Diplomacy in an Age of Faith: How Failing to Understand the Role of Religion Hinders America's Purposes in the World

Report Religious Liberty

Diplomacy in an Age of Faith: How Failing to Understand the Role of Religion Hinders America's Purposes in the World

December 17, 2008 36 min read Download Report

Authors: Ambassador Terry Miller and Thomas Farr

Jennifer A. Marshall: Two events this past week remind us that America's religious culture con­tinues to flourish in the 21st century. I'm thinking, of course, of the warm reception to the visit of Pope Benedict XVI and the somewhat cooler reaction to Senator Barack Obama's comments about Pennsylva­nians clinging to guns and God. From the sublime to the mundane, both examples show that Americans remain a very religious people.

This thriving religious culture, combined with the American model of religious liberty, is unique in the world. The American constitutional order pro­duced a constructive tension between church and state--not a radical separation as some public debate today would imply. One of the major reasons for the success of the American experiment is that it reconciled the dual authorities of religion and secu­lar government.

This is an important success story that we should be actively telling around the world. These features characterize the American order as much as our polit­ical system or market economy, and a proper grasp of them is essential to understanding and implementing America's purposes at home and abroad.

Too often, however, the true nature of America's religious character is poorly understood by policy­makers--whether they deal with domestic or foreign policy issues.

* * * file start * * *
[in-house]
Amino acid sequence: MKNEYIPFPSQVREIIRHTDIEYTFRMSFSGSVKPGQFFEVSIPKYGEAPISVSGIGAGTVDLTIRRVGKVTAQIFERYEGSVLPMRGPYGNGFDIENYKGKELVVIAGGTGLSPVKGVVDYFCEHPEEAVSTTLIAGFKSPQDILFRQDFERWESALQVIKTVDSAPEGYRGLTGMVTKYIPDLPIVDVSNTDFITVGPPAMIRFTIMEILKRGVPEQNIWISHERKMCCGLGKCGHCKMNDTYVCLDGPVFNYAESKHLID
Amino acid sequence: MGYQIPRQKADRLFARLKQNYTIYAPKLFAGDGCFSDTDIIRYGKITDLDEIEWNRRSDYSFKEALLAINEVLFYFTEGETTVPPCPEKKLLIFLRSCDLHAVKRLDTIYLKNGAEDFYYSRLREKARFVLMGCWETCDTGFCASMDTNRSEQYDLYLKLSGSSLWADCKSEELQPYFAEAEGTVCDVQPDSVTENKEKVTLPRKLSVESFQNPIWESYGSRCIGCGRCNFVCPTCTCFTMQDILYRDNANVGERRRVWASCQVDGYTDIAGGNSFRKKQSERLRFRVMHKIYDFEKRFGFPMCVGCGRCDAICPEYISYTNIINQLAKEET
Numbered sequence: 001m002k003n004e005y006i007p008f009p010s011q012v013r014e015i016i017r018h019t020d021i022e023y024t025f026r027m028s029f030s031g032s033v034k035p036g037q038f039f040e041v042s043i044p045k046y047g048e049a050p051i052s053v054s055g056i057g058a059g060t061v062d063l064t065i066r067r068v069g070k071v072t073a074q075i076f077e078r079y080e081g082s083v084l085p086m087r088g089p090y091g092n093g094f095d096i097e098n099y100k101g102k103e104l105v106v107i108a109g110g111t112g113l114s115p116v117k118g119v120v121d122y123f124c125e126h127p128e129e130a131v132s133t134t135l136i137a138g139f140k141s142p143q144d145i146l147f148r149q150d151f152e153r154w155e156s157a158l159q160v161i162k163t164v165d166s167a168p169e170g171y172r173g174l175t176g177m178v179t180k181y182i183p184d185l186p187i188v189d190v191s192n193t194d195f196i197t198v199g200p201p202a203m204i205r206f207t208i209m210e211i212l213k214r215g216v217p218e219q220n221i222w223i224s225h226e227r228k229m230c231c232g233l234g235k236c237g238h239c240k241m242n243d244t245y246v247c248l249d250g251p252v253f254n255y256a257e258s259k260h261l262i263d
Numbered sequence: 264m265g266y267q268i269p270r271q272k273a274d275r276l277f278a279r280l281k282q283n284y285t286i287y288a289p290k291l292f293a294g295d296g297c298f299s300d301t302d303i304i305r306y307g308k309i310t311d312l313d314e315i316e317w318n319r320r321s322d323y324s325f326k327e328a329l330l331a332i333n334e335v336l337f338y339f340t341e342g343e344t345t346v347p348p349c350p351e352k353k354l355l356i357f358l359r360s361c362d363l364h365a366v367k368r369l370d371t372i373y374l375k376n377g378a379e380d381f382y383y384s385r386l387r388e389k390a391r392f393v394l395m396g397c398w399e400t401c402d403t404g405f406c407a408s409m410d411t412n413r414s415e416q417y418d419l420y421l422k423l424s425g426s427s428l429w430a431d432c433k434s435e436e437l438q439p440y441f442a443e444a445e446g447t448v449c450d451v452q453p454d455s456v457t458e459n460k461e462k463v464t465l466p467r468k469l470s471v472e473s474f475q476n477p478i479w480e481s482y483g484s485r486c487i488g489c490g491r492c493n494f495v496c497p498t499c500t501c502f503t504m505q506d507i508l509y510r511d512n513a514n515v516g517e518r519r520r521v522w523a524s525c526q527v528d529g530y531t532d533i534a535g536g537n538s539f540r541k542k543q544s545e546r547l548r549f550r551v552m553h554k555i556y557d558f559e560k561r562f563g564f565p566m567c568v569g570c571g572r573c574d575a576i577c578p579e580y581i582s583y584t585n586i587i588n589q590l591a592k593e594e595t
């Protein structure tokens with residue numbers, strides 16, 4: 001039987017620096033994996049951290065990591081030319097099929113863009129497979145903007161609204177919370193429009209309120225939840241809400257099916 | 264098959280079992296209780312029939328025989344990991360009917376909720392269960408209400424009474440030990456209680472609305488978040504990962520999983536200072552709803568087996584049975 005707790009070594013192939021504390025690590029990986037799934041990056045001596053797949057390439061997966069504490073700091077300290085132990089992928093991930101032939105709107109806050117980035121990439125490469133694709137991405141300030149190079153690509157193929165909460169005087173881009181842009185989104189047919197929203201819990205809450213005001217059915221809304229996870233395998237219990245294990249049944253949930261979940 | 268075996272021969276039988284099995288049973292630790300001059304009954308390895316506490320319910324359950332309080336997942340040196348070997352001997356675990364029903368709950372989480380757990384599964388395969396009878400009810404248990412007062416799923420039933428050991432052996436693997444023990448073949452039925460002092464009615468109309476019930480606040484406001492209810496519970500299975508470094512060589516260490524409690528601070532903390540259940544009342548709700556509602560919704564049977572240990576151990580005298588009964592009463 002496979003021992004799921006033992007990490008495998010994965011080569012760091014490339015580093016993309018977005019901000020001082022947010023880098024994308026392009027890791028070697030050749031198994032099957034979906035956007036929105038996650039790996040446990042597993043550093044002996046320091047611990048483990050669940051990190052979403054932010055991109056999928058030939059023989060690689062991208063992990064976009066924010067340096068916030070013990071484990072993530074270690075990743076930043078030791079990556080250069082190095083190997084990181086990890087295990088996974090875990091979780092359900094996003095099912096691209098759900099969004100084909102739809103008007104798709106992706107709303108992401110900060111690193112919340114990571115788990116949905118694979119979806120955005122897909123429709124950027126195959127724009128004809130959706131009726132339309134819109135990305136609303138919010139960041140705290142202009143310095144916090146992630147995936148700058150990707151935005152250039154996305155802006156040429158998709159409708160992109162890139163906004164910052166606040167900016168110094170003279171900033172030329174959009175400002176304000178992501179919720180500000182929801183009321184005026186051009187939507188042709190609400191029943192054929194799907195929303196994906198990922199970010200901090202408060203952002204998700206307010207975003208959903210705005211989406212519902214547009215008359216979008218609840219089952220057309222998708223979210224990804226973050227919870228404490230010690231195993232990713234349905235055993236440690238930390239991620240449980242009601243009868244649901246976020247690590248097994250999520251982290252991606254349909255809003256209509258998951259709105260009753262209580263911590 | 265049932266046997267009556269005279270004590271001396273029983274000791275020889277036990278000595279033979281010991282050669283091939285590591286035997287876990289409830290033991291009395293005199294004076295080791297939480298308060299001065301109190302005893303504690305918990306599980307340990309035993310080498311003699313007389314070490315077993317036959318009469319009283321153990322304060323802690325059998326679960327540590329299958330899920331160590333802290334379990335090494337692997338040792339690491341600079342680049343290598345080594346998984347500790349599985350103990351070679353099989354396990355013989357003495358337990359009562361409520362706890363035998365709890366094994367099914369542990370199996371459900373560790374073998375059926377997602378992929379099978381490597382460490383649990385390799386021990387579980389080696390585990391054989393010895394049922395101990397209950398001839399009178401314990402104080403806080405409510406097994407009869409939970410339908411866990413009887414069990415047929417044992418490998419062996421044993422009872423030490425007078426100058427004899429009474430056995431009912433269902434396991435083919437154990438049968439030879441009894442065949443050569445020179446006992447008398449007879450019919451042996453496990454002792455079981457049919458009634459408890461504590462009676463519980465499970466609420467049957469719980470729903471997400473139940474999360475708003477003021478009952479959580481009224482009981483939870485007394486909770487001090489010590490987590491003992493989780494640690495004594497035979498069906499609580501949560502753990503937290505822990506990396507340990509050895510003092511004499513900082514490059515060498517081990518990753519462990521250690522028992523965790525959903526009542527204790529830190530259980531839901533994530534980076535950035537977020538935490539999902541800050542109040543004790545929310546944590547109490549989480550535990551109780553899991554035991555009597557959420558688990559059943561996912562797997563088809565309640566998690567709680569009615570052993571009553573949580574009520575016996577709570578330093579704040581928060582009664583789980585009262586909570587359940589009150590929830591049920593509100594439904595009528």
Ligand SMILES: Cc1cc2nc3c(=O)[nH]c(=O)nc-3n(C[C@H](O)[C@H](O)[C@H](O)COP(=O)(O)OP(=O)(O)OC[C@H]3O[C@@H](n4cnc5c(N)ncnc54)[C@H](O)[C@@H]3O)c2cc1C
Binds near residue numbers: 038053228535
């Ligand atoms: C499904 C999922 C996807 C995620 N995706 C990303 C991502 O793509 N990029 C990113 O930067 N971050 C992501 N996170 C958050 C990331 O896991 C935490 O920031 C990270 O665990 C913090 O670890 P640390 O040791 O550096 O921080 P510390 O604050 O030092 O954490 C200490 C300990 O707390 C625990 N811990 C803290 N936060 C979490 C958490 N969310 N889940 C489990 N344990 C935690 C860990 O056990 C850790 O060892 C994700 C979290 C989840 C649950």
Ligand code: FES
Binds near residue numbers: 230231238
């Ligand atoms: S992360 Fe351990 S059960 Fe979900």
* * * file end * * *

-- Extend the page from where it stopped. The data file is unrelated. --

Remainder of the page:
This is one of the reasons that we at The Heritage Foundation are concerned about carefully articulating America's model of religious liberty and culture of reli­gious practice. It's critical for communicating abroad about America, and also for understanding religion as a motivating factor in world politics.

In the Richard and Helen DeVos Center for Reli­gion and Civil Society, we work closely with our colleagues on the Heritage foreign policy team to demonstrate the links between these religious liber­ty features of our domestic order and U.S. foreign policy goals. We're very pleased to have with us today a guest who will help us focus more carefully on these ideas.

Dr. Thomas Farr is Visiting Associate Professor of Religion and World Affairs at Georgetown Uni­versity. During his 21-year career in the Foreign Service, Dr. Farr specialized in strategic military policy, political affairs, and religious freedom. He helped develop U.S. strategic nuclear policy during the Cold War, and was part of the U.S. negotiating team in the U.S.-Soviet arms control talks in Gene­va. Dr. Farr also served as the first director of the State Department's Office of International Religious Freedom, traveling worldwide to engage govern­ments and religious communities on the subject of religious freedom. Dr. Farr is a U.S. Army veteran and has taught at West Point and the U.S. Air Force Academy. He has written widely on America's inter­national religious freedom policy and U.S. national security, as well as on the development of the Cath­olic doctrine of religious liberty. His most recent ar­ticle, "Diplomacy in an Age of Faith," appears in the March/April issue of Foreign Affairs. It's a terrific piece that's sparked much interest and we look for­ward to hearing him discuss these ideas further here today.

Also with us today is Ambassador Terry Miller, the Director of the Center for International Trade and Economics (CITE) at The Heritage Foundation. Terry directs the center's ongoing research into the role of free markets and international trade in foster­ing economic growth around the world. He also manages the center's signature publication, the annual Index of Economic Freedom. Prior to joining Heritage in October 2007, Ambassador Miller had a distinguished career as a diplomat and public ser­vant. In 2006, President George W. Bush appointed him as an ambassador to the United Nations Eco­nomic and Social Council. Before that, he served as a Deputy Assistant Secretary of State for Economic and Global Issues.

--Jennifer A. Marshall is Director of the Richard and Helen DeVos Center for Religion and Civil Society at The Heritage Foundation.